After months of negotiations, the European institutions have agreed on new legislation to better combat abuse of the internet.
EU Member States, the Commission and Parliament on Saturday finalized new legislation that will better tackle internet abuse, such as hate speech, disinformation campaigns or the sale of counterfeit products.
After several months of negotiations, an “agreement” has been reached between the European institutions on the Digital Services Act (“DSA”) that will oblige major platforms, such as Facebook (Meta) or Amazon, to better eradicate illegal and dangerous content online. , announced on Twitter the European Commissioner for the Internal Market Thierry Breton, initiator of the project, with his colleague at Competition Margrethe Vestager.
“This agreement is historic,” Commission President Ursula von der Leyen immediately welcomed, “our new rules will protect users online, safeguard freedom of expression and business opportunities.”
“The DSA is a world first in digital regulation,” said the Council of the EU, which represents the 27 member states, in a press release. The text “includes the principle that what is illegal offline must also be illegal online. It aims to protect the digital space from the dissemination of illegal content and to guarantee the protection of users’ fundamental rights”.
The Digital Services Regulation is one of two parts of a major plan presented by the European executive in December 2020. The first part, the Digital Markets Act (DMA), which addresses anti-competitive practices, was completed at the end of March. The DSA, in turn, is updating the e-commerce directive, which was born 20 years ago when the giant platforms were still in their infancy.
Goal: To end the excesses of social networks that often made headlines: murder of history professor Samuel Paty in France after a hate campaign in October 2020, attack on protesters on the United States Capitol in January 2021, planned in part thanks to Facebook and Twitter…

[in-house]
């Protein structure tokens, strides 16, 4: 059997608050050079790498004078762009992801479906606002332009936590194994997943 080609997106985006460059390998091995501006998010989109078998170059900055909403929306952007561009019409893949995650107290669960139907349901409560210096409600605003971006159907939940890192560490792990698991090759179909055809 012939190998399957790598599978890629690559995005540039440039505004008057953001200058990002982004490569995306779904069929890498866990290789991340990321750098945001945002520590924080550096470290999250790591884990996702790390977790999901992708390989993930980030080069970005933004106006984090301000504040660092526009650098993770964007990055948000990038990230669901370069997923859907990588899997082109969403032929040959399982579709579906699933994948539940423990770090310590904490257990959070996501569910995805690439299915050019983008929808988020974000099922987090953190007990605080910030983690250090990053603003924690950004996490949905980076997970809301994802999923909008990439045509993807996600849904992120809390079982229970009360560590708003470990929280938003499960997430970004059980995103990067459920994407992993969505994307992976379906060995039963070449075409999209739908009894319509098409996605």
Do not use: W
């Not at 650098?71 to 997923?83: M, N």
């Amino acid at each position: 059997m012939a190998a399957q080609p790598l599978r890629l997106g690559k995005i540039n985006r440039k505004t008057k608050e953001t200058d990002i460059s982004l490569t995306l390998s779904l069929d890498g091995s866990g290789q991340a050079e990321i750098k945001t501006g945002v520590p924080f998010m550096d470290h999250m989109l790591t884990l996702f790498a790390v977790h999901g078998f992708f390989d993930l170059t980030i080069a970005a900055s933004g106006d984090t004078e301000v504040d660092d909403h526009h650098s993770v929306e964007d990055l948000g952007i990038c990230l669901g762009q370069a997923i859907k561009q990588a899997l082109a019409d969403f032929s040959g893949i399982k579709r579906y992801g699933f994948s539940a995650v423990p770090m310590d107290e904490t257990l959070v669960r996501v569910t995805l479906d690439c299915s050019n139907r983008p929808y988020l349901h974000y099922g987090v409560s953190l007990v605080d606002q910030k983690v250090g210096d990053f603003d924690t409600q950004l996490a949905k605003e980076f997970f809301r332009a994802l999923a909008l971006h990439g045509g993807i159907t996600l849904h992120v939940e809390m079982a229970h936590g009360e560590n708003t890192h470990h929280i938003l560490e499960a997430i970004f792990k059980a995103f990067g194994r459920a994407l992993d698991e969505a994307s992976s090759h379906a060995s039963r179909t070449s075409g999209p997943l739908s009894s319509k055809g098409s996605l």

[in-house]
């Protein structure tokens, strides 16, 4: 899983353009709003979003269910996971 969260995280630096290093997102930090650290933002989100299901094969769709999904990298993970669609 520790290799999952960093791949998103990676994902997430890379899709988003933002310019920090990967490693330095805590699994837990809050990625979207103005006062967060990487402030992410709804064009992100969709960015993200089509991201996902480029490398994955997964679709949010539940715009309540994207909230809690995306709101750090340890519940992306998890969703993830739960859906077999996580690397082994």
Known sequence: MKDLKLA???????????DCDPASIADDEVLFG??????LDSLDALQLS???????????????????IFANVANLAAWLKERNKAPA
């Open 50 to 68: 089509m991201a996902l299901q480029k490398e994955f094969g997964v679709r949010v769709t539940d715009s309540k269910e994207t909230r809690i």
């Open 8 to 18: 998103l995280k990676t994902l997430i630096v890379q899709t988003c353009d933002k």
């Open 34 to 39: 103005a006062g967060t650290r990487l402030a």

The dark side of the internet also includes sales platforms that are inundated with counterfeit or defective products, which can be dangerous, such as children’s toys that do not meet safety standards.
The new regulation imposes an obligation to “immediately” remove illegal content (according to national and European law) as soon as a platform becomes aware of it. It forces social networks to suspend users who “often” break the law. The DSA requires online sales sites to verify the identity of their suppliers before offering their products.
At the heart of the project are new obligations imposed on “very large platforms”, those with “more than 45 million active users” in the EU, i.e. about twenty companies, the list of which has yet to be determined, but which Gafam ( (Google, Apple, Facebook, Amazon, Microsoft), as well as Twitter, and probably TikTok, Zalando or Booking.
These players must assess themselves the risks associated with using their services and deploy appropriate means to remove problematic content. They are being imposed more transparency on their data and recommendation algorithms.
They are audited once a year by independent bodies and placed under the supervision of the European Commission, which can impose fines of up to 6% of their annual turnover for repeated violations.
“In the context of the Russian aggression in Ukraine and the specific consequences for the manipulation of online information, a new article has been introduced to set up a response mechanism in the event of a crisis,” said the European Council. This mechanism, activated by a Commission decision, will make it possible to take “proportionate and effective” measures in relation to very large platforms that would contribute to the dissemination of false information.